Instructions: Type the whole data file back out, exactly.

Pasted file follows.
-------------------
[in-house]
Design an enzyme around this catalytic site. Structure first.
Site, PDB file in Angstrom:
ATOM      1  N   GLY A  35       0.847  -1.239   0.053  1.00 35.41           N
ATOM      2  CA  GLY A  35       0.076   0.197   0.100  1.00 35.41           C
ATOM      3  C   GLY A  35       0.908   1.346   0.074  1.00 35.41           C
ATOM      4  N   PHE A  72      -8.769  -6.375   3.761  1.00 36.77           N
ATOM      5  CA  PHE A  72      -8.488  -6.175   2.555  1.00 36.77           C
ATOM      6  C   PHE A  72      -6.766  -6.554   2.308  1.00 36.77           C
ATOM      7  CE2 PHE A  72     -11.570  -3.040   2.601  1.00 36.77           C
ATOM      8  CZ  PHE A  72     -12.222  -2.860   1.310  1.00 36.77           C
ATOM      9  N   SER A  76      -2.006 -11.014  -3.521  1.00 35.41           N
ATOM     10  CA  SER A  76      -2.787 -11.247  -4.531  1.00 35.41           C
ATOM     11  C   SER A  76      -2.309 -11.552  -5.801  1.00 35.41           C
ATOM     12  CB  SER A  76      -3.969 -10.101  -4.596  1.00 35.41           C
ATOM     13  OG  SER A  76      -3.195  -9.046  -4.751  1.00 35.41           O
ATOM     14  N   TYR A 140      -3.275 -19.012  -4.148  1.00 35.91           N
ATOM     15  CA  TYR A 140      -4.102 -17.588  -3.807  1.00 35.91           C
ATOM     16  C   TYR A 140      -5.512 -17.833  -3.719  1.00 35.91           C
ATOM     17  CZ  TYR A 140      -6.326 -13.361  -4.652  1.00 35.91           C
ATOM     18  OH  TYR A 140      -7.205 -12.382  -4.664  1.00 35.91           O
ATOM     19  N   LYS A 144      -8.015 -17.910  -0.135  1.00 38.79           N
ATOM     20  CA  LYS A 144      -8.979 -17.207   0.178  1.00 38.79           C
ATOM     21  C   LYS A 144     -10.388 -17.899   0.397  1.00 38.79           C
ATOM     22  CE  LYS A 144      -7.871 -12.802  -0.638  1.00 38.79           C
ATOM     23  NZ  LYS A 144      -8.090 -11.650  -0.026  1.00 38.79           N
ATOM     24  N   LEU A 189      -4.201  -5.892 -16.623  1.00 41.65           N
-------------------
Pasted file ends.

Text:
[in-house]
Design an enzyme around this catalytic site. Structure first.
Site, PDB file in Angstrom:
ATOM      1  N   GLY A  35       0.847  -1.239   0.053  1.00 35.41           N
ATOM      2  CA  GLY A  35       0.076   0.197   0.100  1.00 35.41           C
ATOM      3  C   GLY A  35       0.908   1.346   0.074  1.00 35.41           C
ATOM      4  N   PHE A  72      -8.769  -6.375   3.761  1.00 36.77           N
ATOM      5  CA  PHE A  72      -8.488  -6.175   2.555  1.00 36.77           C
ATOM      6  C   PHE A  72      -6.766  -6.554   2.308  1.00 36.77           C
ATOM      7  CE2 PHE A  72     -11.570  -3.040   2.601  1.00 36.77           C
ATOM      8  CZ  PHE A  72     -12.222  -2.860   1.310  1.00 36.77           C
ATOM      9  N   SER A  76      -2.006 -11.014  -3.521  1.00 35.41           N
ATOM     10  CA  SER A  76      -2.787 -11.247  -4.531  1.00 35.41           C
ATOM     11  C   SER A  76      -2.309 -11.552  -5.801  1.00 35.41           C
ATOM     12  CB  SER A  76      -3.969 -10.101  -4.596  1.00 35.41           C
ATOM     13  OG  SER A  76      -3.195  -9.046  -4.751  1.00 35.41           O
ATOM     14  N   TYR A 140      -3.275 -19.012  -4.148  1.00 35.91           N
ATOM     15  CA  TYR A 140      -4.102 -17.588  -3.807  1.00 35.91           C
ATOM     16  C   TYR A 140      -5.512 -17.833  -3.719  1.00 35.91           C
ATOM     17  CZ  TYR A 140      -6.326 -13.361  -4.652  1.00 35.91           C
ATOM     18  OH  TYR A 140      -7.205 -12.382  -4.664  1.00 35.91           O
ATOM     19  N   LYS A 144      -8.015 -17.910  -0.135  1.00 38.79           N
ATOM     20  CA  LYS A 144      -8.979 -17.207   0.178  1.00 38.79           C
ATOM     21  C   LYS A 144     -10.388 -17.899   0.397  1.00 38.79           C
ATOM     22  CE  LYS A 144      -7.871 -12.802  -0.638  1.00 38.79           C
ATOM     23  NZ  LYS A 144      -8.090 -11.650  -0.026  1.00 38.79           N
ATOM     24  N   LEU A 189      -4.201  -5.892 -16.623  1.00 41.65           N